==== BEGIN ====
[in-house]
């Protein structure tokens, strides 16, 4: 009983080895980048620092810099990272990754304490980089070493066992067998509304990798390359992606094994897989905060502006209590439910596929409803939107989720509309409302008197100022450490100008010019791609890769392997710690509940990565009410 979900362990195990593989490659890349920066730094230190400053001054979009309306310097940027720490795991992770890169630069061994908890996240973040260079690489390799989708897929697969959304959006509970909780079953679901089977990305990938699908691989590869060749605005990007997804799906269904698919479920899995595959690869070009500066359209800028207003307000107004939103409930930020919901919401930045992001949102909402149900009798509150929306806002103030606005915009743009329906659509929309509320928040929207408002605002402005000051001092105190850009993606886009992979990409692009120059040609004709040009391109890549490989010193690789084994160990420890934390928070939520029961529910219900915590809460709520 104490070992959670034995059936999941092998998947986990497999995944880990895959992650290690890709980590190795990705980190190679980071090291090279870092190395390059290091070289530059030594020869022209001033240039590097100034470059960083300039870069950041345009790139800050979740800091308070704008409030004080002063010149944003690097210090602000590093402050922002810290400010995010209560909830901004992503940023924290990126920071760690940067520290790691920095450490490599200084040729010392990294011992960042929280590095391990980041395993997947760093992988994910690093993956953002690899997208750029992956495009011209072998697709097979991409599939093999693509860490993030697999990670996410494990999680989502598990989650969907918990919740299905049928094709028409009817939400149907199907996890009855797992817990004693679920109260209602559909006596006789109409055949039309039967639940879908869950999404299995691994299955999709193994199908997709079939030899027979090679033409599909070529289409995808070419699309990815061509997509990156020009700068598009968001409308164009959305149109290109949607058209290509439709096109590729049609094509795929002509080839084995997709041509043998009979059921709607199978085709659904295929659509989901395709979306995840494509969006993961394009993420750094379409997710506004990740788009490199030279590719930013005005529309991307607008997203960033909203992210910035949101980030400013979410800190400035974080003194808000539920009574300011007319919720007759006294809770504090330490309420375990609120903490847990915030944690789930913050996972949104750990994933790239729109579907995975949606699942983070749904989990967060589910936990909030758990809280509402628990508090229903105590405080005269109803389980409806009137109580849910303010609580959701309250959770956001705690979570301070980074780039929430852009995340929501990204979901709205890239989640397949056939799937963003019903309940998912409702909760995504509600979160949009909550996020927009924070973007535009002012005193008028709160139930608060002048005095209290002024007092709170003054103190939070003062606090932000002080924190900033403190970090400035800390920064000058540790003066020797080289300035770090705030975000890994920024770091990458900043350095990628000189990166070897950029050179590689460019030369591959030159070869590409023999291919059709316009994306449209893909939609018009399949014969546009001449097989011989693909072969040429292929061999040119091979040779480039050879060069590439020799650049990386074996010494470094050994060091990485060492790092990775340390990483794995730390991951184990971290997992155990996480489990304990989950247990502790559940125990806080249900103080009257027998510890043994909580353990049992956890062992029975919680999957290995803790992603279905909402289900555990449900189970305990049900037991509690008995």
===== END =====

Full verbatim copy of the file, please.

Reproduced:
[in-house]
């Protein structure tokens, strides 16, 4: 009983080895980048620092810099990272990754304490980089070493066992067998509304990798390359992606094994897989905060502006209590439910596929409803939107989720509309409302008197100022450490100008010019791609890769392997710690509940990565009410 979900362990195990593989490659890349920066730094230190400053001054979009309306310097940027720490795991992770890169630069061994908890996240973040260079690489390799989708897929697969959304959006509970909780079953679901089977990305990938699908691989590869060749605005990007997804799906269904698919479920899995595959690869070009500066359209800028207003307000107004939103409930930020919901919401930045992001949102909402149900009798509150929306806002103030606005915009743009329906659509929309509320928040929207408002605002402005000051001092105190850009993606886009992979990409692009120059040609004709040009391109890549490989010193690789084994160990420890934390928070939520029961529910219900915590809460709520 104490070992959670034995059936999941092998998947986990497999995944880990895959992650290690890709980590190795990705980190190679980071090291090279870092190395390059290091070289530059030594020869022209001033240039590097100034470059960083300039870069950041345009790139800050979740800091308070704008409030004080002063010149944003690097210090602000590093402050922002810290400010995010209560909830901004992503940023924290990126920071760690940067520290790691920095450490490599200084040729010392990294011992960042929280590095391990980041395993997947760093992988994910690093993956953002690899997208750029992956495009011209072998697709097979991409599939093999693509860490993030697999990670996410494990999680989502598990989650969907918990919740299905049928094709028409009817939400149907199907996890009855797992817990004693679920109260209602559909006596006789109409055949039309039967639940879908869950999404299995691994299955999709193994199908997709079939030899027979090679033409599909070529289409995808070419699309990815061509997509990156020009700068598009968001409308164009959305149109290109949607058209290509439709096109590729049609094509795929002509080839084995997709041509043998009979059921709607199978085709659904295929659509989901395709979306995840494509969006993961394009993420750094379409997710506004990740788009490199030279590719930013005005529309991307607008997203960033909203992210910035949101980030400013979410800190400035974080003194808000539920009574300011007319919720007759006294809770504090330490309420375990609120903490847990915030944690789930913050996972949104750990994933790239729109579907995975949606699942983070749904989990967060589910936990909030758990809280509402628990508090229903105590405080005269109803389980409806009137109580849910303010609580959701309250959770956001705690979570301070980074780039929430852009995340929501990204979901709205890239989640397949056939799937963003019903309940998912409702909760995504509600979160949009909550996020927009924070973007535009002012005193008028709160139930608060002048005095209290002024007092709170003054103190939070003062606090932000002080924190900033403190970090400035800390920064000058540790003066020797080289300035770090705030975000890994920024770091990458900043350095990628000189990166070897950029050179590689460019030369591959030159070869590409023999291919059709316009994306449209893909939609018009399949014969546009001449097989011989693909072969040429292929061999040119091979040779480039050879060069590439020799650049990386074996010494470094050994060091990485060492790092990775340390990483794995730390991951184990971290997992155990996480489990304990989950247990502790559940125990806080249900103080009257027998510890043994909580353990049992956890062992029975919680999957290995803790992603279905909402289900555990449900189970305990049900037991509690008995």